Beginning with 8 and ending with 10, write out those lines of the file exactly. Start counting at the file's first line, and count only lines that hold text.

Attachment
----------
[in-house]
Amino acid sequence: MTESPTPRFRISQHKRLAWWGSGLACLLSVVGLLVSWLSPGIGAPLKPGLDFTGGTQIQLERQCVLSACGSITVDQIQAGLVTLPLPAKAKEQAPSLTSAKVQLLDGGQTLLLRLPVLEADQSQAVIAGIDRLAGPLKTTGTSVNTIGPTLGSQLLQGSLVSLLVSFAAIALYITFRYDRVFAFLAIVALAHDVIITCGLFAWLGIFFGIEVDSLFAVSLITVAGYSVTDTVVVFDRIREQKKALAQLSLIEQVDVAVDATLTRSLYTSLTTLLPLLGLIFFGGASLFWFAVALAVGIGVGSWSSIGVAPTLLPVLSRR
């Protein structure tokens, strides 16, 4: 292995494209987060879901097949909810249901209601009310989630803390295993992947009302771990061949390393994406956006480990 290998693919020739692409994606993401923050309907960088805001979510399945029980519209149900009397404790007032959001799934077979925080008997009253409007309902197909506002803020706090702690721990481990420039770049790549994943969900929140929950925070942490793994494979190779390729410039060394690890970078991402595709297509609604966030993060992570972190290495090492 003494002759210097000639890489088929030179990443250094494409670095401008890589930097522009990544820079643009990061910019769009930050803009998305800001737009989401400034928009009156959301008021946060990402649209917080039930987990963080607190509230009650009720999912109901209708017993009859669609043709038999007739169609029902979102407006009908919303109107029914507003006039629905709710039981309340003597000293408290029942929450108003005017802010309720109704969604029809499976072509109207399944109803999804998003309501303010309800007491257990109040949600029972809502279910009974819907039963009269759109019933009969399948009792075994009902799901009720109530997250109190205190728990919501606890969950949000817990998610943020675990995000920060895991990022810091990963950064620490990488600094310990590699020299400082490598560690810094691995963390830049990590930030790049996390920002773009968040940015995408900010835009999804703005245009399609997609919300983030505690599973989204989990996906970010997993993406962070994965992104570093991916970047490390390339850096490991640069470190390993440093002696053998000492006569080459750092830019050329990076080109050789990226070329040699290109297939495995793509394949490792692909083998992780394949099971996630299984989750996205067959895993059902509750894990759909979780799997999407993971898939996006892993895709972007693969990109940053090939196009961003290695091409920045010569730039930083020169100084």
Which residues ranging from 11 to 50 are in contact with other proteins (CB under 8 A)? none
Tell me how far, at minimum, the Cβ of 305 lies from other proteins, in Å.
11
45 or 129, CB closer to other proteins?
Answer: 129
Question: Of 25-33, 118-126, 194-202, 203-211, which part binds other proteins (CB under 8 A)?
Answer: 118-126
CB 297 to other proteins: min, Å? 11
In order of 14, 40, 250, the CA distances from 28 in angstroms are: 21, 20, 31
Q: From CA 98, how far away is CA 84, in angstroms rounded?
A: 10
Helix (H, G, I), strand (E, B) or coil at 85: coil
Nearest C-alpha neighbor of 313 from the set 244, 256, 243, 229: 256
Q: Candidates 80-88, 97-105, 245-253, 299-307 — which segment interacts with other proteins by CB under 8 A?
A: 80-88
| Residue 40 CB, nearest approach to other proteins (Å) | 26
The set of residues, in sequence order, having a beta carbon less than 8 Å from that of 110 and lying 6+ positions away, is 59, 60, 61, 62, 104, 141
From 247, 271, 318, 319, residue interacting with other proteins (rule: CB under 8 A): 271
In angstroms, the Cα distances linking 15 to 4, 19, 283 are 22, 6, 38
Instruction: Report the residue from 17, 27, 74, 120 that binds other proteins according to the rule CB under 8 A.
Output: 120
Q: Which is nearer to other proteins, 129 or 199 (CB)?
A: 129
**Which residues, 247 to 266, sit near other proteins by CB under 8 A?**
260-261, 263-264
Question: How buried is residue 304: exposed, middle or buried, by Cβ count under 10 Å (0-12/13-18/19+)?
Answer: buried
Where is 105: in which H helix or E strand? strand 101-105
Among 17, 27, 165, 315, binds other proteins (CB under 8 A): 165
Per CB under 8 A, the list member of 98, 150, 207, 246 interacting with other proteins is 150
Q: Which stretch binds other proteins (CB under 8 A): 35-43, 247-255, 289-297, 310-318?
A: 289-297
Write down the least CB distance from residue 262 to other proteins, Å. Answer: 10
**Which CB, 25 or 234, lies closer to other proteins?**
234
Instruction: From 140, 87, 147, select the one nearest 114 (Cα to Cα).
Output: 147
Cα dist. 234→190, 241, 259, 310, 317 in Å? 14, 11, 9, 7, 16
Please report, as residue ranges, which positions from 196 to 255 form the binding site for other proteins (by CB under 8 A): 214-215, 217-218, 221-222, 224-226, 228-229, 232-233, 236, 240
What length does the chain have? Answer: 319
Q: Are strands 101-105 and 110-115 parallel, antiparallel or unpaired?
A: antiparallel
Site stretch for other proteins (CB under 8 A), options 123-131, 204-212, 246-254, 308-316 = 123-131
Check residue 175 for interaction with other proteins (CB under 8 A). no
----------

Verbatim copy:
Answer: 129
Question: Of 25-33, 118-126, 194-202, 203-211, which part binds other proteins (CB under 8 A)?
Answer: 118-126